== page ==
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Re: Is there a systematic method for naming bnodes?

From: Pat Hayes <phayes@ihmc.us>
Date: Sat, 9 Oct 2010 12:55:14 -0500
Cc: Semantic Web <semantic-web@w3.org>
Message-Id: <96EF0E9D-D802-40A2-B357-3CBFB8DFDE68@ihmc.us>
To: Melvin Carvalho <melvincarvalho@gmail.com>

On Oct 4, 2010, at 3:52 PM, Melvin Carvalho wrote:

> On 4 October 2010 00:21, Pat Hayes <phayes@ihmc.us> wrote:
>> I'll try to answer this one...
>> 
>> On Oct 2, 2010, at 5:02 AM, Melvin Carvalho wrote:
>> 
>>> The Semantic Web was based on the principle of using global variables.
>> 
>> Well, not exactly. One of the foundational ideas, certainly, is the existence of global *names*, in the form of URIs (or URI references or IRIs, whatever), but these are not *variables*. They correspond more to constant names than to variables in logic, a sign of which is that they have nothing to bind them and they have no local scope rules.
>> 
>>> It seems to me that bnodes kind of break this pattern.
>> 
>> Im not sure what pattern you mean, but certainly bnodes aren't names or identifiers. In fact, they are in effect local variables, bound to the graph in which they occur. As the RDF semantics points out, they are exactly like existential variables. Think of each bnode as being a word like 'someone' or 'something', to see how different they are from true names.
>> 
>>> I was wondering if there was a systematic method for naming bnodes
>>> (e.g. take a hash of the content)
>> 
>> Well, the very idea of a *blank* node is one that has no name, so this idea seems to be rather against the spirit of the bnode, so to speak. Of course, concrete syntaxes do use bnode identifiers, but these are really just an artifact of the need to represent a graph in a linear character sequence. These bnode identifiers are purely local to the graph.
>> 
>> If bnodes were given some kind of 'global' name, then they would be essentially the same as URI references. (And in fact, one can always use a URIref rather than a bnode, and write bnode-free RDF. Several authorities have urged this as a good practice, though I disagree.)  It would be analogous to prohibiting the use of words like 'someone' in English, and requiring instead that a name be used, even if the name is coined just for this purpose. A global naming scheme for bnodes would be like a convention that one had to say 'person-<hash-identifier>' rather than simply 'someone'.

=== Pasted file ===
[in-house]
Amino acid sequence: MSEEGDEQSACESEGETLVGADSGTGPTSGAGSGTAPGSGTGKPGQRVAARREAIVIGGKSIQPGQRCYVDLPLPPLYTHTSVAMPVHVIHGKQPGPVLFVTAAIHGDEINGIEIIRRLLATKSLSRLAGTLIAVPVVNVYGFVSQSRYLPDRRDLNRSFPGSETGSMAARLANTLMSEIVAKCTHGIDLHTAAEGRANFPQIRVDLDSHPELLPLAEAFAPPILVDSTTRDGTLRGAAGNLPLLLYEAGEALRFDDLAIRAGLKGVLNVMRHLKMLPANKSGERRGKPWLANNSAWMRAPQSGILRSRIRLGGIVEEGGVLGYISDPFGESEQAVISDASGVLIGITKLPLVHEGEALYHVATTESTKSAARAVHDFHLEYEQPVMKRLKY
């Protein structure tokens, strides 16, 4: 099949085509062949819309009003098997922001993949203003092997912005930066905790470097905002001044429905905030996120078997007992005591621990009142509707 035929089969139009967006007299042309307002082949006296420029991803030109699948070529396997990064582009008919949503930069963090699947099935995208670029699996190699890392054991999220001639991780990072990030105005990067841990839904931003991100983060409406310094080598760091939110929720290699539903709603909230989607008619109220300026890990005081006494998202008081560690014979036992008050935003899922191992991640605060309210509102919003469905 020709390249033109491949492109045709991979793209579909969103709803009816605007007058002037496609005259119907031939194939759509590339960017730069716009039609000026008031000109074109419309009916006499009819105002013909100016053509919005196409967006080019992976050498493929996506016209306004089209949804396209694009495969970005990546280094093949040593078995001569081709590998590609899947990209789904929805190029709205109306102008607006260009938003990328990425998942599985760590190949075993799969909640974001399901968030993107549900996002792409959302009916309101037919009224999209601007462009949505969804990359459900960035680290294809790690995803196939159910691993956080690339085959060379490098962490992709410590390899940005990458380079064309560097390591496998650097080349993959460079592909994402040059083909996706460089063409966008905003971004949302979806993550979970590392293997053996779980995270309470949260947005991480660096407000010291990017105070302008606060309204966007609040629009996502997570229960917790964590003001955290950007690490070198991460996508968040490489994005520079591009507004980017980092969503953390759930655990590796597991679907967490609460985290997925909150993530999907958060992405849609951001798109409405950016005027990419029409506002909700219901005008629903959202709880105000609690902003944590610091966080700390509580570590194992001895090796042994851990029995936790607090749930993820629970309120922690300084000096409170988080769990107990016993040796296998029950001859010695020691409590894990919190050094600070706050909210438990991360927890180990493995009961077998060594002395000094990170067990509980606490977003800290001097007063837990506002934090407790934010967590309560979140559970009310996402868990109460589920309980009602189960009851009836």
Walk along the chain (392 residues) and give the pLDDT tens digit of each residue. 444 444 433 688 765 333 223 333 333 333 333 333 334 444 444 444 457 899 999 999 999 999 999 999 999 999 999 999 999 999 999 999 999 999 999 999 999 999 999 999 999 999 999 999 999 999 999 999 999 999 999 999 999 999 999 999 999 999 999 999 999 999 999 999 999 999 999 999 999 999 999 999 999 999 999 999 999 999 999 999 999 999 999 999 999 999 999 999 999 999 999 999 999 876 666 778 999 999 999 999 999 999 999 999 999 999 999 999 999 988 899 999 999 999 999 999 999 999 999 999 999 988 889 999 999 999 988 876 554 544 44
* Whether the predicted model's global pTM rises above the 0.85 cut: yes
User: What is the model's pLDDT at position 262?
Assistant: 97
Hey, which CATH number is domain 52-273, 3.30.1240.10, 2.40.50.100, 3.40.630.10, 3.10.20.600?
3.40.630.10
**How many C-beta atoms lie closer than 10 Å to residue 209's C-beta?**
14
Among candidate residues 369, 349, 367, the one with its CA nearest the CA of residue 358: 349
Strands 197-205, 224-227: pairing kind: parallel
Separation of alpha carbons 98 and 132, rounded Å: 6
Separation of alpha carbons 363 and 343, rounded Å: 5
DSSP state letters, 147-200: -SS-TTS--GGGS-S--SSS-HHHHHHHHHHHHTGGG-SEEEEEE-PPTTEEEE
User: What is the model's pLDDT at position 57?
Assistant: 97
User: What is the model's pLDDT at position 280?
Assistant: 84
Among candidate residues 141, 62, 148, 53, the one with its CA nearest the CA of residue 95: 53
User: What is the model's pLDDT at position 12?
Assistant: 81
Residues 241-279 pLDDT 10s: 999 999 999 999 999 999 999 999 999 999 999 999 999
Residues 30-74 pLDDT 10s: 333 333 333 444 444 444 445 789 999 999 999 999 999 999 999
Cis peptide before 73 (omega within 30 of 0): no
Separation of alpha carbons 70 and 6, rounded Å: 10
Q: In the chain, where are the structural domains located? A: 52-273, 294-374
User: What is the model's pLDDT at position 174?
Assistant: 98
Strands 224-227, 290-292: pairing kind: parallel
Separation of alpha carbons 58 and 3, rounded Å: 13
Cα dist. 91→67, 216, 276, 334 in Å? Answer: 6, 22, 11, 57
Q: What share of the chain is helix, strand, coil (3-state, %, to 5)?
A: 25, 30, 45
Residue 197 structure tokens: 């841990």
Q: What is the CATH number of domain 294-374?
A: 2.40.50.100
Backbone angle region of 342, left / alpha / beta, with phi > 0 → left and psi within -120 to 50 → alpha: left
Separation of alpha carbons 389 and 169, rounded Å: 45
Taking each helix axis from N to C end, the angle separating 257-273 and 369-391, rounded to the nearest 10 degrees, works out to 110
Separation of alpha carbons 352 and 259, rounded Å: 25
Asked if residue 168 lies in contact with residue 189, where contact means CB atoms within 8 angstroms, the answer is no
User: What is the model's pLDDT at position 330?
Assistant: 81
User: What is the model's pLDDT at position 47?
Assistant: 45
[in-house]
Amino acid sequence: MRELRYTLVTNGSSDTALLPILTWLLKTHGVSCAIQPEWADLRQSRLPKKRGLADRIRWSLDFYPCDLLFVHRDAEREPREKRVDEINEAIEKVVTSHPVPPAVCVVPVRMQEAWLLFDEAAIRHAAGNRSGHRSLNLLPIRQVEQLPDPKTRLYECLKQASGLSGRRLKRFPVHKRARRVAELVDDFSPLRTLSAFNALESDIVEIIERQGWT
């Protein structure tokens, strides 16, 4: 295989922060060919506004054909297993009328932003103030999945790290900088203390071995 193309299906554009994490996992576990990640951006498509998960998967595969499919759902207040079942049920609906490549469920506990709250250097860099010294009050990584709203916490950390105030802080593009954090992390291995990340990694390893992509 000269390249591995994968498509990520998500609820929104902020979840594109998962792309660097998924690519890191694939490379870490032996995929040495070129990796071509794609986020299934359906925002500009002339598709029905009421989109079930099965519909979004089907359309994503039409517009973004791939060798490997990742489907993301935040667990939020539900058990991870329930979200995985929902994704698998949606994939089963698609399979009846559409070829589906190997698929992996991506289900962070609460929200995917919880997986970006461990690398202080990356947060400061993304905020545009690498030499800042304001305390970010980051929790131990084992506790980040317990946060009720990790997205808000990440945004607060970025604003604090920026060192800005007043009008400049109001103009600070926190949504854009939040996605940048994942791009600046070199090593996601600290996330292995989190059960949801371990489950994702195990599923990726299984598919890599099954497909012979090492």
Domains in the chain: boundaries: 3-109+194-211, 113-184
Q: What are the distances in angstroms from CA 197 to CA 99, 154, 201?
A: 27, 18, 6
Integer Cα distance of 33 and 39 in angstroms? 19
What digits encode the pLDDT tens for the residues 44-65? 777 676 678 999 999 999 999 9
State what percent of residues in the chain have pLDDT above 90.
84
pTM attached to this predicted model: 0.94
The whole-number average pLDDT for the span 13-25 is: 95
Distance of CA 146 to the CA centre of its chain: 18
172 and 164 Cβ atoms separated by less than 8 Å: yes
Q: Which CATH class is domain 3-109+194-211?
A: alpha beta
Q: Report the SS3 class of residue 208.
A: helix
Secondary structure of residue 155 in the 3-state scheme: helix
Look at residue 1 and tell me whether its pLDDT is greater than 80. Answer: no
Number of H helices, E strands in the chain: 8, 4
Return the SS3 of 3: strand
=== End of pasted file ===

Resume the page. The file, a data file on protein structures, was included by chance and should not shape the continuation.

> 
> I think I see your point, but I'm not sure the 'someone' argument
> really holds true in English.  By 'someone' I mean the 61st word of
> the previous paragraph. QED.

Sorry, you have lost me. I take it from the 'QED" that you feel you have firmly established a point, but I don't see what the point is or what the proof is supposed to be. My analogy was only intended to be, well, an analogy. Imagine a society speaking a language which had no words like "someone" or "something" in it. In order to convey the English meaning of "Someone has a red car", one would have to coin a new name, say 'Person-64327', and use that instead: "Person-64327 has a red car". And then if anyone were to ask for more information about Person-64327, none would be forthcoming; and this would be a useful piece of information, that this was an 'anonymous' person rather than a genuinely named or identified person. This is exactly how names and existential variables are related in logic: there are natural deduction inference rules 
P(a) |-  (exists x)(P(x))
and
(exists x)(P(x)) |-  P(<name>)   where <name> is a name not occurring any other sentence or expression: a 'new' name. 

> 
> I'm curious as to why you would not advocate a best practice of
> allowing a triple to be referenced, as I cant see a whole lot of
> disadvantages, and there probably are advantages.

I'm all for triples being referenced. (Well, actually, for graphs being referenced, including the extreme case of a graph being a single triple.) But, I don't see what that has to do with what we are talking about here.

> 
> What about using a best practice unique hash (assuming non collision,
> of say, SHA1) in the serializations.  Something like git does a clever
> thing and takes a sha1 of the contents of each file it store and uses
> that as the identifier.  In this way it avoids collisions of identical
> items and gives things global IDs independent of what's in them.

THis sounds like a proposal to replace bnodes with globally unique URIs.  Well, OK, but what is the point? If people want to use URIs instead of bnodes, they already can do this. Some folk treat this as good practice, as I said earlier. Why do we need to say anything more on this topic?

> 
> I guess I'm missing some of the history/motivations behind RDF.  Is
> there useful a case where you would NOT want to reference the contents
> of a bnode (let's say even if you had it for free)?

Im not sure what you mean by 'referencing the contents of a bnode'. Bnodes don't have any contents. 

Pat

> 
>> 
>>> Seems to me you could solve a lot of the problems of RDF with this
>>> were the case?
>> 
>> What problems?
>> 
>> Pat Hayes
>> 
>>> 
>>> 
>> 
>> ------------------------------------------------------------
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>> 
>> 
>> 
>> 
>> 
>> 
> 
> 

------------------------------------------------------------
IHMC                                     (850)434 8903 or (650)494 3973   
40 South Alcaniz St.           (850)202 4416   office
Pensacola                            (850)202 4440   fax
FL 32502                              (850)291 0667   mobile
phayesAT-SIGNihmc.us       http://www.ihmc.us/users/phayes
Received on Saturday, 9 October 2010 17:55:51 GMT

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